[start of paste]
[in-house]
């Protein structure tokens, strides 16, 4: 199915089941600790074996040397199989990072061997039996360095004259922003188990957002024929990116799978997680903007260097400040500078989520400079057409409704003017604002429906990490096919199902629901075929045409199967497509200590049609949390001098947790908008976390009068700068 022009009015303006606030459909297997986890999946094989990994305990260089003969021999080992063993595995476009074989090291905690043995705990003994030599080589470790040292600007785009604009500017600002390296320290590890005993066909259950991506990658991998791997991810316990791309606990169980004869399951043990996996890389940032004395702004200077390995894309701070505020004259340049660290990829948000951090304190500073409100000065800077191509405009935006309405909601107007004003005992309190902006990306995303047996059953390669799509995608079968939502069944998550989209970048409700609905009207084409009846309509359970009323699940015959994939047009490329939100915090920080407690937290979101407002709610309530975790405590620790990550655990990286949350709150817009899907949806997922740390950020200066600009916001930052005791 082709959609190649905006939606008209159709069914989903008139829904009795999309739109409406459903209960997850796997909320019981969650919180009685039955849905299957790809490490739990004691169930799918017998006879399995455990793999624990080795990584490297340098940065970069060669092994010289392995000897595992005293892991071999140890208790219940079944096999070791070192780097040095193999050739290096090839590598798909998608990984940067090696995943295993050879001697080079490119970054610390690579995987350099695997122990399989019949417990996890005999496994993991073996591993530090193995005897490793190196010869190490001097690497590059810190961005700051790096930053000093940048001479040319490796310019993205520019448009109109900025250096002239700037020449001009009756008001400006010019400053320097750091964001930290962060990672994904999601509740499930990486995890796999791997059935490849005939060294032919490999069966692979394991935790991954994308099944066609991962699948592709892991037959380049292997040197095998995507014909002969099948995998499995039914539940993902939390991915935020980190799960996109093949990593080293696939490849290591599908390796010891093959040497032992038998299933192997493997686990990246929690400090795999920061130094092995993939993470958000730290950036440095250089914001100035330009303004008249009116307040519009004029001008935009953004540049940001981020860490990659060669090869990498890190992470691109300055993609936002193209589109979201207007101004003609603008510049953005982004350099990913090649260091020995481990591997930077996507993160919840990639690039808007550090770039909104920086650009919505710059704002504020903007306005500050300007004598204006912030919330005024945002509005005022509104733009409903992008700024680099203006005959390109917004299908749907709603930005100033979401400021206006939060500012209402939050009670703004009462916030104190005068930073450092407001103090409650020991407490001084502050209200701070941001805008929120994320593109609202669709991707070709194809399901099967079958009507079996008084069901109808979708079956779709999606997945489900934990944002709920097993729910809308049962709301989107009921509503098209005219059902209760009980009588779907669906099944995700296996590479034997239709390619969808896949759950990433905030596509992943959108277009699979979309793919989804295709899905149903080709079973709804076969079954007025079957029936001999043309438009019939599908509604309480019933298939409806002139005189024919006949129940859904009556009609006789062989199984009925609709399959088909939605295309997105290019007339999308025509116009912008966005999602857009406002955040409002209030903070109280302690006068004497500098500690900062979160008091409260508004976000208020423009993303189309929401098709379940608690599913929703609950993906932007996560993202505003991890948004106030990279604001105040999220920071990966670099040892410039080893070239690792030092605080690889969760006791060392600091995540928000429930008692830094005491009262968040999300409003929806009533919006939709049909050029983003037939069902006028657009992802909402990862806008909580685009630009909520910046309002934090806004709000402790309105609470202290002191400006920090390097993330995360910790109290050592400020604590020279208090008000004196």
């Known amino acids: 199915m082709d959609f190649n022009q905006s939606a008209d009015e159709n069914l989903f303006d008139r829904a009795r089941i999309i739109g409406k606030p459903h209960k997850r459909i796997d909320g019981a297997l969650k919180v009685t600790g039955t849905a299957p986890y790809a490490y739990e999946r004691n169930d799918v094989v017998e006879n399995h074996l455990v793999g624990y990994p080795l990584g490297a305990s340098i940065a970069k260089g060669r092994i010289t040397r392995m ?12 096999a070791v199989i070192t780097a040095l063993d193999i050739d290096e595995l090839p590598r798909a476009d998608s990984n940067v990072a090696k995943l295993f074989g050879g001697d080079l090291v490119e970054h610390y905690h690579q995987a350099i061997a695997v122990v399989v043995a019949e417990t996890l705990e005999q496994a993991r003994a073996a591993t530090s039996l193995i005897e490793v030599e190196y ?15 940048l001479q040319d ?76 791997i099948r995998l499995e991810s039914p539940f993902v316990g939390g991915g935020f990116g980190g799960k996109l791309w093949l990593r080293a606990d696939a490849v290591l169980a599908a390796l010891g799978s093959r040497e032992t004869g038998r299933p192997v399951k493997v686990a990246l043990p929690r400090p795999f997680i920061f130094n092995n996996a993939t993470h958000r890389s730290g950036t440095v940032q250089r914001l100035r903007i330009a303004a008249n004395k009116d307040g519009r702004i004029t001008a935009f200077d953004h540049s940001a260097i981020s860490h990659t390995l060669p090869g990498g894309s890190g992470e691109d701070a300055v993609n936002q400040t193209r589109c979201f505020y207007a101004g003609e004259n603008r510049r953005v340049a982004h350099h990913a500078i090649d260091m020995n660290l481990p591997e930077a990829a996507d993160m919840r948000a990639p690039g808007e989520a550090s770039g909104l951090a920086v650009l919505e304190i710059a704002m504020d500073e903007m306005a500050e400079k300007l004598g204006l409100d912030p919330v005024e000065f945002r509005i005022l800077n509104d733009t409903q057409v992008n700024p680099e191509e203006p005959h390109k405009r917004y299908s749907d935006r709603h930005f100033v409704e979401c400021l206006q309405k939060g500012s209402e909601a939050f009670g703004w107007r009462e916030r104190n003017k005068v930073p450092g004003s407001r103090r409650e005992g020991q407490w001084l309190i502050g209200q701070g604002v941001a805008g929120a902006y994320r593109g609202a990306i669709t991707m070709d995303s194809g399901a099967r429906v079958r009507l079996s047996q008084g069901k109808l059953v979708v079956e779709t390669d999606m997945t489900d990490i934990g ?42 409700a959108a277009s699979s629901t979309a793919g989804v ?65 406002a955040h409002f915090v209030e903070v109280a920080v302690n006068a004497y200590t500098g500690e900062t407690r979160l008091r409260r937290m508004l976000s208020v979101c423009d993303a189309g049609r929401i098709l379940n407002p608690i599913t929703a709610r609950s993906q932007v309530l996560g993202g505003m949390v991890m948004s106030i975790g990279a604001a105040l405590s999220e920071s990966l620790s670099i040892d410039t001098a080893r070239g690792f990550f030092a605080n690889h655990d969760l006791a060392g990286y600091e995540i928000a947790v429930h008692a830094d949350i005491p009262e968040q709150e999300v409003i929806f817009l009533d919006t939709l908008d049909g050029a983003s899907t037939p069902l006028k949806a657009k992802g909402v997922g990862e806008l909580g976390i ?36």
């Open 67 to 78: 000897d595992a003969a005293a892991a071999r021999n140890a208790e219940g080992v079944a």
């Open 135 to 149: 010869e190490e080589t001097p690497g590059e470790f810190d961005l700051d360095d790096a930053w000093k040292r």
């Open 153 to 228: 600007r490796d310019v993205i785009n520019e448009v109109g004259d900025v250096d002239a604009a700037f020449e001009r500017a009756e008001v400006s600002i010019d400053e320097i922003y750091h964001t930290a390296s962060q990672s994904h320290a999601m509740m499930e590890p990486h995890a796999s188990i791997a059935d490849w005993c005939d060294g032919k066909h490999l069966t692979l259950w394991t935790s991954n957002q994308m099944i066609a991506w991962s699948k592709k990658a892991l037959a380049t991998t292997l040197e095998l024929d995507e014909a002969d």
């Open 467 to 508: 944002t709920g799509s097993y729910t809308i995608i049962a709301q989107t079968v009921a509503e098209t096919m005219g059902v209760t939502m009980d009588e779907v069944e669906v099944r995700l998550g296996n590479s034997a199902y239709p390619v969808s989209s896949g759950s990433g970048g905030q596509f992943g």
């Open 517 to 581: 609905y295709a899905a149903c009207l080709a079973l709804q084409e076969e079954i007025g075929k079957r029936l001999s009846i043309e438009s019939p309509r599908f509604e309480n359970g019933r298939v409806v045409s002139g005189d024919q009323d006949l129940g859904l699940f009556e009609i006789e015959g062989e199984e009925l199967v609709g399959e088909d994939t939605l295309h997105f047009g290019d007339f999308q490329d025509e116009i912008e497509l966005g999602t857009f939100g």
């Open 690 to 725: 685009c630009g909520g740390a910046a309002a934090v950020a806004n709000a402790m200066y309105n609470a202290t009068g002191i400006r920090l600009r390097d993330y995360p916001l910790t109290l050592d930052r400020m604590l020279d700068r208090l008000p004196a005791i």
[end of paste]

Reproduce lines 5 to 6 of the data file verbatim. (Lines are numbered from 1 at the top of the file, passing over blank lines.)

């Open 135 to 149: 010869e190490e080589t001097p690497g590059e470790f810190d961005l700051d360095d790096a930053w000093k040292r």
């Open 153 to 228: 600007r490796d310019v993205i785009n520019e448009v109109g004259d900025v250096d002239a604009a700037f020449e001009r500017a009756e008001v400006s600002i010019d400053e320097i922003y750091h964001t930290a390296s962060q990672s994904h320290a999601m509740m499930e590890p990486h995890a796999s188990i791997a059935d490849w005993c005939d060294g032919k066909h490999l069966t692979l259950w394991t935790s991954n957002q994308m099944i066609a991506w991962s699948k592709k990658a892991l037959a380049t991998t292997l040197e095998l024929d995507e014909a002969d």